The outspoken but always right to the point, President Trump weighed in on the new proposed Israeli elections with these words: “Israel is all messed up with their election. Bibi got elected. Now all of a sudden they have to go through the process all over again. That’s ridiculous. They have to get their act together.” We agree. And so does Reuven Y. Hazan, a politics professor at Hebrew University. “This is new for Israel. We’ve never tried to form a government and bring down a new parliament at the same time.” So what’s this all about? Netanyahu was re-elected as Israel’s Prime Minister in April, not with a simple American-like two party system but with about 20 angry, battling political parties weighing in and the results were that 14 of them are represented in its Knesset (Congress) that with 120 members governs the nation.
And they all have to get along. Give us a break! Confusion reigns as Bibi tries to put together a coalition government that has to make decisions. He has to deal with and form by law a coalition government that might include Muslim Arabs, Jewish orthodox and Communists. Under Israeli law, if Netanyahu can’t form a government, its president, Reuven Rivlin must appoint another candidate to do so. But Bibi’s Likud Party has presented a bill to dissolve the Knesset, and the PM gave the go-ahead for the Knesset to dissolve itself forcing new elections which will take place on September 17th.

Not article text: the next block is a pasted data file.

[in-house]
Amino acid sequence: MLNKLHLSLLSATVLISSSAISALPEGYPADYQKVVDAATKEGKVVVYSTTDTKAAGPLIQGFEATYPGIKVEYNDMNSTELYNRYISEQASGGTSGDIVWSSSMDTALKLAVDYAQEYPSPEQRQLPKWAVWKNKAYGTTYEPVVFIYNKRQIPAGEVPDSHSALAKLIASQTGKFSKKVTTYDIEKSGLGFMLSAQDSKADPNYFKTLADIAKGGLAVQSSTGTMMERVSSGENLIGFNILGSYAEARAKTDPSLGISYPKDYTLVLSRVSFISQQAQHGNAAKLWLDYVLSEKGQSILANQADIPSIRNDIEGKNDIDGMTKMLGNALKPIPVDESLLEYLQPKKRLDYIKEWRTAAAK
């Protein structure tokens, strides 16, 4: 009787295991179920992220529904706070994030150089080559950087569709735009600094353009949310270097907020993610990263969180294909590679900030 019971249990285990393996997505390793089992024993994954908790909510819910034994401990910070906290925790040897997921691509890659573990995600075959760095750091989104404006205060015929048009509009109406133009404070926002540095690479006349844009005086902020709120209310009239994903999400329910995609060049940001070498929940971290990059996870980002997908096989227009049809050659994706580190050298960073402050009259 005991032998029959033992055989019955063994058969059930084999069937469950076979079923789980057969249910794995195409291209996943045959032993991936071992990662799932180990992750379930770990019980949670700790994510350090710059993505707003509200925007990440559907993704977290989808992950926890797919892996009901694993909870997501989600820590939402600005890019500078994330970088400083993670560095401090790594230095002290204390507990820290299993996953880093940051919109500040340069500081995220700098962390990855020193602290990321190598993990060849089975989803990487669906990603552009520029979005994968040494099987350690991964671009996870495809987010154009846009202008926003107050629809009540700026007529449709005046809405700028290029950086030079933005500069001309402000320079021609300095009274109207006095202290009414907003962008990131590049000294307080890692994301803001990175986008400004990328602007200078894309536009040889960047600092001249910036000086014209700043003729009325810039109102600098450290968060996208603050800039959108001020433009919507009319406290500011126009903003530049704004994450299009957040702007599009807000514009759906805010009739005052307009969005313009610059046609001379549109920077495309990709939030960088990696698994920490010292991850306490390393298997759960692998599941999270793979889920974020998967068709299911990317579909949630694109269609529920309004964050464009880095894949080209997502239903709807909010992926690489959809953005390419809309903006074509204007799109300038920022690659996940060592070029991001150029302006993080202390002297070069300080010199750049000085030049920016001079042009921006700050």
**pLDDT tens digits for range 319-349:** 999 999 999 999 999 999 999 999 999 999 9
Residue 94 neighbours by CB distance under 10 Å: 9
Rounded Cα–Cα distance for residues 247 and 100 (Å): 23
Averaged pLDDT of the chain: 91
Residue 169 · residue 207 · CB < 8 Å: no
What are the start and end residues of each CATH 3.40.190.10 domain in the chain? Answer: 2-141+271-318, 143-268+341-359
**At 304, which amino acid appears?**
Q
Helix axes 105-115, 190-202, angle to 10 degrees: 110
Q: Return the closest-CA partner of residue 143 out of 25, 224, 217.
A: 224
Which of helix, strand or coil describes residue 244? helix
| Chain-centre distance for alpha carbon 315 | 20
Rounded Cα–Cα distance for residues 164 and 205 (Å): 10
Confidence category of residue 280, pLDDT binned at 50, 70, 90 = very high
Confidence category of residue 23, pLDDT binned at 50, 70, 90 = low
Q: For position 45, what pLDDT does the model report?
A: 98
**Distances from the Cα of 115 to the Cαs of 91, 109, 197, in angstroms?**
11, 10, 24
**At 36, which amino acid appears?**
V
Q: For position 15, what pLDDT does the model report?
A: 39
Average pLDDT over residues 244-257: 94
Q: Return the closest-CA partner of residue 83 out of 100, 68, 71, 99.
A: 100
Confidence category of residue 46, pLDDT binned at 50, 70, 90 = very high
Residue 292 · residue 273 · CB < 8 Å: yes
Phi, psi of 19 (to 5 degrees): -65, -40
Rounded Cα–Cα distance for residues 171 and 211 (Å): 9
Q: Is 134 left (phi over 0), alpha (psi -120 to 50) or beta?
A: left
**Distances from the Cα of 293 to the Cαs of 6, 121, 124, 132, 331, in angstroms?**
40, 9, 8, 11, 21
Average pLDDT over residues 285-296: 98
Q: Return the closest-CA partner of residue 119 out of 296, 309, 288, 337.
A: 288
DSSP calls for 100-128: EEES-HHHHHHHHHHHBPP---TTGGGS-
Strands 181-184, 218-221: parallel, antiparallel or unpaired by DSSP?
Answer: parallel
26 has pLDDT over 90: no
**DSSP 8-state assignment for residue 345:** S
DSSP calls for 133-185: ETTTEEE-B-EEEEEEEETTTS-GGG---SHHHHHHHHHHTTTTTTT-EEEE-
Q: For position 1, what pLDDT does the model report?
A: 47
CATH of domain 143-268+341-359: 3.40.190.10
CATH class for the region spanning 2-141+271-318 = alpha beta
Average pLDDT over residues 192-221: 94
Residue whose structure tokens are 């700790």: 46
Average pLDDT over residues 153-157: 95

These new elections will surely delay both the White House’s long-awaited Middle East peace plan. This has irritated Trump whose emissaries, Secretary of State Mike Pompeo, his senior advisor and son-in-law,Jared Kushner, together with negotiator, Jason Greenblatt toured the Middle East last week to build support for peace in the region. But they can’t do it without the firm, solid support of Israel. And the Israelis need a leader that can count on the backing of Knesset. At this point, the Israelis are all screwed up politically. We, the United States, cannot continue to wait for the Israelis to “get off the pot,” to finally mature politically and to transform their government into a working one with fewer opposing political parties. We, American citizens, weep and wail every two years about foolish electioneering, debates and candidate posturing but when we look at the Israelis and their circus, we should be happy to go to the polls knowing that the candidates we elect will serve out fully, their terms without fear of having to run every few months as in Israel.